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From: Stathi Triadis (stathie_at_[hidden])
Date: 20080422 17:50:06
Would anyone be interested in an implementation of a tuple comparator for
boost? I could be like explained above; giving the ability to sort on any
one or more 'indexes' of the tuple:
typedef tuple<int, double, ..., char> MyTuple;
vector<MyTuple> vec;
sort(vec.begin(), vec.end(), CompareTuple<2, 0, 1>());
sort(vec.begin(), vec.end(), CompareTuple<3>());
sort(vec.begin(), vec.end(), CompareTuple<1, 3>());
sort(vec.begin(), vec.end(), CompareTuple<2, 0, 1, 4, 3>());
etc...
It's so simple yet still an annoyance to implement. It even makes me
reconsider design for simple 'struct' like classes:
struct MyStruct : public boost::tuple<double, int, ...>
{
double& getMyField(); // Returns get<0>
int& getMyOtherField(); // Returns get<1>
...
};
and you can automatically sort this struct however you want without having
to implement the functor.
Stathi
On Mon, Apr 21, 2008 at 2:33 AM, Hervé Brönnimann <hervebronnimann_at_[hidden]>
wrote:
> There is always the good ol' rdix sort (std::stable_sort by Third,
> then by Second, then by First). This will scale to any number of
> sort fields. However, std::stable_sort is somewhat slower than
> std::sort, and beside you will do many more (and some unnecessary)
> moves.
>
> There is a topdown variant of radix sort too, it'll do more or less
> the same comparisons (but fewer) as the lexicographical comparison
> functor you wrote below, but it'll be recursive (of depth equal to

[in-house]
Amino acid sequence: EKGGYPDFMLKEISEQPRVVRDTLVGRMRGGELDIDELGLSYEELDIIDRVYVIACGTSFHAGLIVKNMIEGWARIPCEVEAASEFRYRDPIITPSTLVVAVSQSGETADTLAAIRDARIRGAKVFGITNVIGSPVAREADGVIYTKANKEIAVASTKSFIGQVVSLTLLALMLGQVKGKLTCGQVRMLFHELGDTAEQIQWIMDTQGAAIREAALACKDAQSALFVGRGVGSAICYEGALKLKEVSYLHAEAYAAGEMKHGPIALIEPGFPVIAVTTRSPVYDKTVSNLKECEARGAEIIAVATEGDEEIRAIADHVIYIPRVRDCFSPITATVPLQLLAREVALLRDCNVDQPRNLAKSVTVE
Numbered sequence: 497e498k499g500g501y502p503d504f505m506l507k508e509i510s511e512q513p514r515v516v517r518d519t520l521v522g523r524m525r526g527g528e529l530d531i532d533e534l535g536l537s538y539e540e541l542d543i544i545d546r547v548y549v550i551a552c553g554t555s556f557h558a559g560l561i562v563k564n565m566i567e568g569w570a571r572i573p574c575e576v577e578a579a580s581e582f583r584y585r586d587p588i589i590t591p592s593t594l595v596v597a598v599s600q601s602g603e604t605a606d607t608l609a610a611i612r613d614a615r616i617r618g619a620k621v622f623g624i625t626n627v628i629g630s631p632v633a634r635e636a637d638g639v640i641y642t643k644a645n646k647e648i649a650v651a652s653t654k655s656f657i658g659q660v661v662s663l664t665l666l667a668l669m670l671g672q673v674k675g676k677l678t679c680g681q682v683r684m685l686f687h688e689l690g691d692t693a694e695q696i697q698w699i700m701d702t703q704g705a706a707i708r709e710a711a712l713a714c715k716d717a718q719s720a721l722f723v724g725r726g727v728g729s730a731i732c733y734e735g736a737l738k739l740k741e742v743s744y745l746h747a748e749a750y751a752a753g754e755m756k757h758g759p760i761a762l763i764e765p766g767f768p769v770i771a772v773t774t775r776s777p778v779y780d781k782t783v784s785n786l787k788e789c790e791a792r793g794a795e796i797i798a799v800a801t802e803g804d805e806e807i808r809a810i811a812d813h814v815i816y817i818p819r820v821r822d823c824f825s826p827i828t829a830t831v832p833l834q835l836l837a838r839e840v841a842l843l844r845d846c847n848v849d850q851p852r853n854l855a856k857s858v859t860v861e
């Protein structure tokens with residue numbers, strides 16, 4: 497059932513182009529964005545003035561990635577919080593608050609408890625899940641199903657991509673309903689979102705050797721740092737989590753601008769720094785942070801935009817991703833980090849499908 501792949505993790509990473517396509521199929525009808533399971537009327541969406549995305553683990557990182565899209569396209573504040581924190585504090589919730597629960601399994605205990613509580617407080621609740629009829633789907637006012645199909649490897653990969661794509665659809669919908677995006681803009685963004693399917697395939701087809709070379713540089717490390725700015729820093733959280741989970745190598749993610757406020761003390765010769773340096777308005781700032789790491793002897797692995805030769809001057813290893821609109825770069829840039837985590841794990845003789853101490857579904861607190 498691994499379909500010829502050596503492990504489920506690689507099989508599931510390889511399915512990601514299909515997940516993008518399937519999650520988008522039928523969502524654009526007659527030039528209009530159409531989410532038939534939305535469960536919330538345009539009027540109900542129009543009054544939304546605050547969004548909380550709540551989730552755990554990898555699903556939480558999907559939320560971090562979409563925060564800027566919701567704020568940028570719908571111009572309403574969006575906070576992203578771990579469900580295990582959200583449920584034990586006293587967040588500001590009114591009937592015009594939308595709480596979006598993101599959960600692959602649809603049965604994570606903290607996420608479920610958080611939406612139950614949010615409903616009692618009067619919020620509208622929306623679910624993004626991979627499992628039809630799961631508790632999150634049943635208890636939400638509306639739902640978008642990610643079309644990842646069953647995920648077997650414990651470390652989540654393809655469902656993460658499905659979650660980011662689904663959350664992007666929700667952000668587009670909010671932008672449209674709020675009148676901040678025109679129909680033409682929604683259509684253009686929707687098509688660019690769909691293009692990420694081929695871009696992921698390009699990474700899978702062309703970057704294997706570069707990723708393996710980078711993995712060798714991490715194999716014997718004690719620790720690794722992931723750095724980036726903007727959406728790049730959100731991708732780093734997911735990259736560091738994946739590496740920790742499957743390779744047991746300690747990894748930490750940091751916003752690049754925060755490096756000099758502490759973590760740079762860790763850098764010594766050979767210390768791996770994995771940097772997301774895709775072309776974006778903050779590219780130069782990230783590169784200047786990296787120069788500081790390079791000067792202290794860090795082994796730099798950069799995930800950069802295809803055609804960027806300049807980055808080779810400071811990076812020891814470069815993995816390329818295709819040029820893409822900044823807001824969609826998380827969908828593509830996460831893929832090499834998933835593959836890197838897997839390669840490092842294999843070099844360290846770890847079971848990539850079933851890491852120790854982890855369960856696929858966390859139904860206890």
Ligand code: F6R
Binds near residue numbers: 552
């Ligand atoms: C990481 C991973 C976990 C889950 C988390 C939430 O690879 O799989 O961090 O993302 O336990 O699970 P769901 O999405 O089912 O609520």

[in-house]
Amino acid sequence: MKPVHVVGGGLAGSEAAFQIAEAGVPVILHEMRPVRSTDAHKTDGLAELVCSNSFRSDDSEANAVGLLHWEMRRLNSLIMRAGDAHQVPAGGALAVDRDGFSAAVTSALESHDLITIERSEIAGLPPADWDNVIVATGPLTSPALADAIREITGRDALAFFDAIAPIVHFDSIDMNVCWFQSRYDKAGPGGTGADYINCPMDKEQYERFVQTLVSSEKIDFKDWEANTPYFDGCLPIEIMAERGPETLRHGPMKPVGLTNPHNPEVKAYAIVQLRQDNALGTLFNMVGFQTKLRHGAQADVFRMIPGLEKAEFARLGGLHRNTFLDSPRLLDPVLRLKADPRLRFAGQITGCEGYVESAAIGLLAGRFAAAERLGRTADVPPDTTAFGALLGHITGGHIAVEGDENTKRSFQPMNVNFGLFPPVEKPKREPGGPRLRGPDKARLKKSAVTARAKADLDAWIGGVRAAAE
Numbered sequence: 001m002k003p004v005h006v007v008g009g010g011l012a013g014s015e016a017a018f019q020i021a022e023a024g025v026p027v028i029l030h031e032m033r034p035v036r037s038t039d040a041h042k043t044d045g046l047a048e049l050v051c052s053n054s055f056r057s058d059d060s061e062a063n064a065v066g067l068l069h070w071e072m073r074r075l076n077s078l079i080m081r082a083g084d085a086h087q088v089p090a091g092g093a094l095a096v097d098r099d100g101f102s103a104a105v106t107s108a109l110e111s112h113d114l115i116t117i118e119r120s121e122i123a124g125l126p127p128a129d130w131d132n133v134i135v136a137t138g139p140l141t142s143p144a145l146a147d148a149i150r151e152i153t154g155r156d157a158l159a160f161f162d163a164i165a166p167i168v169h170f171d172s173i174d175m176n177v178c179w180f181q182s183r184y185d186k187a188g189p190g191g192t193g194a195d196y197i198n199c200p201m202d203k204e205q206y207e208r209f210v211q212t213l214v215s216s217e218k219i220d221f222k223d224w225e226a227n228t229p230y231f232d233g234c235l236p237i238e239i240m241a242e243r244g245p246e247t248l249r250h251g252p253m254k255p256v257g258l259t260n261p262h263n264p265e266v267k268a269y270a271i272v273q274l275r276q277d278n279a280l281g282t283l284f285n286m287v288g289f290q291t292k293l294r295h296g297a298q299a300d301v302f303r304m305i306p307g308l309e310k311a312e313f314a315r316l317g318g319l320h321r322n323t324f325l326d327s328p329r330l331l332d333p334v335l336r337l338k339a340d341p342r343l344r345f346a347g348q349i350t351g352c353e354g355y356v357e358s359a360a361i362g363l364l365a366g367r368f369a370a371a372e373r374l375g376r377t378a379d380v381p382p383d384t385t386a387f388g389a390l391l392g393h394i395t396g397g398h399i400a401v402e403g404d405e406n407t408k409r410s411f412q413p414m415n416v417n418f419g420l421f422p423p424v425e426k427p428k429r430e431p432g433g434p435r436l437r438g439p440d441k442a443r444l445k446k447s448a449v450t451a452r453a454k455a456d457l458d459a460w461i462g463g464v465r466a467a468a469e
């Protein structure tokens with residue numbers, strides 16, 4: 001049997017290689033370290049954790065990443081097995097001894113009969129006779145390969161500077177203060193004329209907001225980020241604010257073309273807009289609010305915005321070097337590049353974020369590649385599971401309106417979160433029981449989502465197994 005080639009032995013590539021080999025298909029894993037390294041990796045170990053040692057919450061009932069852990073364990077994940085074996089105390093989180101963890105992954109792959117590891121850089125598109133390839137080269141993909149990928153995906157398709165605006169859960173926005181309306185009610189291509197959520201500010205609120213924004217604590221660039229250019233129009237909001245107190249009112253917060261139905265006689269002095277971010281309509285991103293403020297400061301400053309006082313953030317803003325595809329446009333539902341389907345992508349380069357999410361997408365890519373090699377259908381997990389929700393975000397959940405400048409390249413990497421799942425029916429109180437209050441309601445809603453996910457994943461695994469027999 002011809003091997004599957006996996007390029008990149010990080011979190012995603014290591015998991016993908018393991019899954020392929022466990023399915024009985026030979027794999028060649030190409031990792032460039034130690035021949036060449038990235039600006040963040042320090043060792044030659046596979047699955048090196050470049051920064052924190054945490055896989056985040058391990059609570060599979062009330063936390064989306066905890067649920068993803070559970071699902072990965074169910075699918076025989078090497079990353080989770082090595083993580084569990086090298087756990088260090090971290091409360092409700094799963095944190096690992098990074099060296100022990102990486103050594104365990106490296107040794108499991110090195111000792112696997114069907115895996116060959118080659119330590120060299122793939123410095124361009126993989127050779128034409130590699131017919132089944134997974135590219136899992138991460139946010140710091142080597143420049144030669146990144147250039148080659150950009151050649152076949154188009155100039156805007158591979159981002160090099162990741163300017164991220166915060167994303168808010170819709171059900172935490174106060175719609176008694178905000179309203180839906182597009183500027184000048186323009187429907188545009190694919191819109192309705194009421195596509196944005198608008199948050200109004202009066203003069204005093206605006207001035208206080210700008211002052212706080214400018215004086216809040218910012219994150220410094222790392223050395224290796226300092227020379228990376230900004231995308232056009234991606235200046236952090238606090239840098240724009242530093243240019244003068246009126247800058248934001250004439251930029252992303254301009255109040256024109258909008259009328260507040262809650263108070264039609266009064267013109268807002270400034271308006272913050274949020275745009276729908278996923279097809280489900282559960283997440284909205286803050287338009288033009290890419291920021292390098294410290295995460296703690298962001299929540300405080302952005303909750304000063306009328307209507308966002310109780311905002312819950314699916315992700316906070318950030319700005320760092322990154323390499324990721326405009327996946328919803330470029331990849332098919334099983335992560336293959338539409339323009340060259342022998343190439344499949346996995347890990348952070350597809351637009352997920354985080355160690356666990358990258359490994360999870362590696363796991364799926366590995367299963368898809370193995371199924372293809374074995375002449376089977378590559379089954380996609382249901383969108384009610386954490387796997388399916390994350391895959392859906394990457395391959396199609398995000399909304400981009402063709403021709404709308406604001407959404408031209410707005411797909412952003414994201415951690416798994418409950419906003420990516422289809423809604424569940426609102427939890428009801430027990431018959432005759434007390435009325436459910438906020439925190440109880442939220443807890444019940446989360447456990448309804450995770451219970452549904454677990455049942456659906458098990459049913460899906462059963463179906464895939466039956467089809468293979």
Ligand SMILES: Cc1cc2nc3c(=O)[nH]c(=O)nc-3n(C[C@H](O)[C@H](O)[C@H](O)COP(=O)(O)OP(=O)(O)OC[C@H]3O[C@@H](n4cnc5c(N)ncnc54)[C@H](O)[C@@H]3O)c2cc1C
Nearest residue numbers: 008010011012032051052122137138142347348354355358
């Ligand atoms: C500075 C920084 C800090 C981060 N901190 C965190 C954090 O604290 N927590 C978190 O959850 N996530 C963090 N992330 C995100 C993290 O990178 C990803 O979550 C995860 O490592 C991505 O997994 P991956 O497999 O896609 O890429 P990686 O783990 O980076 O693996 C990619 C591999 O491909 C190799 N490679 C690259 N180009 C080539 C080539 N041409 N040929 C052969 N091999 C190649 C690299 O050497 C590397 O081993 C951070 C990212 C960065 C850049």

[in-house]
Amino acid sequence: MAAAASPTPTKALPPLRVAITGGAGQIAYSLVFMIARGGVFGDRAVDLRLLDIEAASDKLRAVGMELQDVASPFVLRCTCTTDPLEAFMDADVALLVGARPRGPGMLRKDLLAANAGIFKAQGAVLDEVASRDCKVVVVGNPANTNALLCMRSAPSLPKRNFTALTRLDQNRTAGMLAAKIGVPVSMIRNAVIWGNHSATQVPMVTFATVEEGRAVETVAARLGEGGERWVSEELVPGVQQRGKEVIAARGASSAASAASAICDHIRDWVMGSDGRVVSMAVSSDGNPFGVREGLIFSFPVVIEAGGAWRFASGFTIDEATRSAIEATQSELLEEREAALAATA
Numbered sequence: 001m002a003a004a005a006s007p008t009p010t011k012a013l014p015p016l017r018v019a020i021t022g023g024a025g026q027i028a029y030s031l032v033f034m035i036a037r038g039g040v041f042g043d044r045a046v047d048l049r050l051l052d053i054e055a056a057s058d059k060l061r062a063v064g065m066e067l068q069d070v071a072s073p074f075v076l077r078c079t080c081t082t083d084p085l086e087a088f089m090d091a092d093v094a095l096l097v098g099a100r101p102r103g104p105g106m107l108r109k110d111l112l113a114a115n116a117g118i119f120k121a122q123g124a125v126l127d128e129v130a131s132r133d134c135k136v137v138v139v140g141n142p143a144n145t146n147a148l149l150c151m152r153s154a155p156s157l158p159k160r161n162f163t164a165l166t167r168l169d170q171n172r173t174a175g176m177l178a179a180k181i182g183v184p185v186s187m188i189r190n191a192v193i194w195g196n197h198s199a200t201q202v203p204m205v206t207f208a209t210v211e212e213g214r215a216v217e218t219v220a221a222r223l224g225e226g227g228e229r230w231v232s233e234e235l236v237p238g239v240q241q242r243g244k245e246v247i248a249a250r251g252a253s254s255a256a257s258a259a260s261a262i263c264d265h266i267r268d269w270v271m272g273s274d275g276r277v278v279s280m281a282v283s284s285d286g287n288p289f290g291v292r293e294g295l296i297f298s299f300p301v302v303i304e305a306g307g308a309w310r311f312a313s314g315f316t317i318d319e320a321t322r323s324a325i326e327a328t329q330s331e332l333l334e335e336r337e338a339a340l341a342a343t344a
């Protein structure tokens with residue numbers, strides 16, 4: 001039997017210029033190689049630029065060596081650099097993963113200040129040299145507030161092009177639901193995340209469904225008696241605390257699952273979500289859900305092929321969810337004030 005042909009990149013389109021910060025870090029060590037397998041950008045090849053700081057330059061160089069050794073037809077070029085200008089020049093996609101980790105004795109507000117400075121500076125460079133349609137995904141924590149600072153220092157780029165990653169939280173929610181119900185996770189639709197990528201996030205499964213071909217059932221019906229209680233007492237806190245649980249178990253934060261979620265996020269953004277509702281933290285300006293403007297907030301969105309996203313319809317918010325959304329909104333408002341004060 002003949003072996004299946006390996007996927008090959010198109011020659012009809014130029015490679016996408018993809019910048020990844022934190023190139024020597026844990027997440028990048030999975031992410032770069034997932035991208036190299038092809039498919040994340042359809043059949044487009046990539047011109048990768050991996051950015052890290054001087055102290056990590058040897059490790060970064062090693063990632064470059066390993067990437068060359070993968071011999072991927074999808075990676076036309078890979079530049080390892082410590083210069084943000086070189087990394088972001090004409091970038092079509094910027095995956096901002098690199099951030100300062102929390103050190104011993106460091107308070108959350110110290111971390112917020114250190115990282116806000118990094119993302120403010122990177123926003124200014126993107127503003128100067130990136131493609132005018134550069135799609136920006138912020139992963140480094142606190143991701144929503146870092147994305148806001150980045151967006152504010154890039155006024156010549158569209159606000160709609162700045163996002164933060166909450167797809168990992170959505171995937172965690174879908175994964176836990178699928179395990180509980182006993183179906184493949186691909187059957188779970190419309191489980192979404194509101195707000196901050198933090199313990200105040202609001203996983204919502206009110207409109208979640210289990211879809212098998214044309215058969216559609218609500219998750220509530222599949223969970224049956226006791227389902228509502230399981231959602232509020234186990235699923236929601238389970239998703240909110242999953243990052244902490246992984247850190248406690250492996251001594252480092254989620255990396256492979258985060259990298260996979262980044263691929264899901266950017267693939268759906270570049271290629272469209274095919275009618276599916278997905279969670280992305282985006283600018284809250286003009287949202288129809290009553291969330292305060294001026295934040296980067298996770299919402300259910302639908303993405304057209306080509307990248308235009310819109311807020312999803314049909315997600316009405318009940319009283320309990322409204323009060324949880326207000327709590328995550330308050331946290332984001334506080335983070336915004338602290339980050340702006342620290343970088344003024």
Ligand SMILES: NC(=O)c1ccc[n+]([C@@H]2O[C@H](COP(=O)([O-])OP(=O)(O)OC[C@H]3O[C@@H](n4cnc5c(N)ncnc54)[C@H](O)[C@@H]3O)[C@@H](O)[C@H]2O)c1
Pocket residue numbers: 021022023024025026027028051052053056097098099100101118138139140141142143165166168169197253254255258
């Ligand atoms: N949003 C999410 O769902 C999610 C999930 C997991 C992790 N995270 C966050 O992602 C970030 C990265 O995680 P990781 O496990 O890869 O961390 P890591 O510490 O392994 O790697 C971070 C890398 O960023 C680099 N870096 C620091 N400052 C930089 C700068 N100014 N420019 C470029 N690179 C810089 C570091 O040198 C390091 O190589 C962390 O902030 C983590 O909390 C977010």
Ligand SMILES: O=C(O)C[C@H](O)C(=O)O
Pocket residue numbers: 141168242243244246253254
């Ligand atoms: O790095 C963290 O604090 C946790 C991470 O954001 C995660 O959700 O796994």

> the number of sorting fields) and it only useful if lots of tuples
> have the same First values, and second values. If First (toplevel)
> values are mostly unique, then your functor is the best.
> 
> Hervé Brönnimann
> hervebronnimann_at_[hidden]
>
>
> On Apr 20, 2008, at 1:43 PM, Stathi Triadis wrote:
> > Hi,
> >
> > I understand that the < operator is defined for tuples, but I'd
> > like some
> > kind of functor that can sort tuples in a different order; for
> > example, the
> > second, third, then first element of the tuple. Does boost already
> > have
> > something that does this?
> >
> > I was thinking something like this:
> >
> > template<uint First, uint Second, uint Third>
> > struct SortTuple
> > {
> > template<typename Tuple>
> > bool operator()(const Tuple& tup1, const Tuple& tup2) const
> > {
> > if (tuples::get<First>(tup1) != tuples::get<First>(tup2))
> > return tuples::get<First>(tup1) < tuples::get<First>
> > (tup2);
> > if (tuples::get<Second>(tup1) != tuples::get<Second>(tup2))
> > return tuples::get<Second>(tup1) < tuples::get<Second>
> > (tup2);
> > if (tuples::get<Third>(tup1) != tuples::get<Third>(tup2))
> > return tuples::get<Third>(tup1) < tuples::get<Third>
> > (tup2);
> > }
> > };
> >
> > typedef boost::tuple<int, int, int> MyTuple;
> > vector<MyTuple> v;
> > sort(v.begin(), v.end(), SortTuple<1, 2, 0>());
> >
> > This was quite easy to implement, but what about an arbitrary
> > number of
> > tuple elements? Does this or something else with the equivalent
> > functionality exist in boost?
> >
> > Cheers,
> > Stathi
> > _______________________________________________
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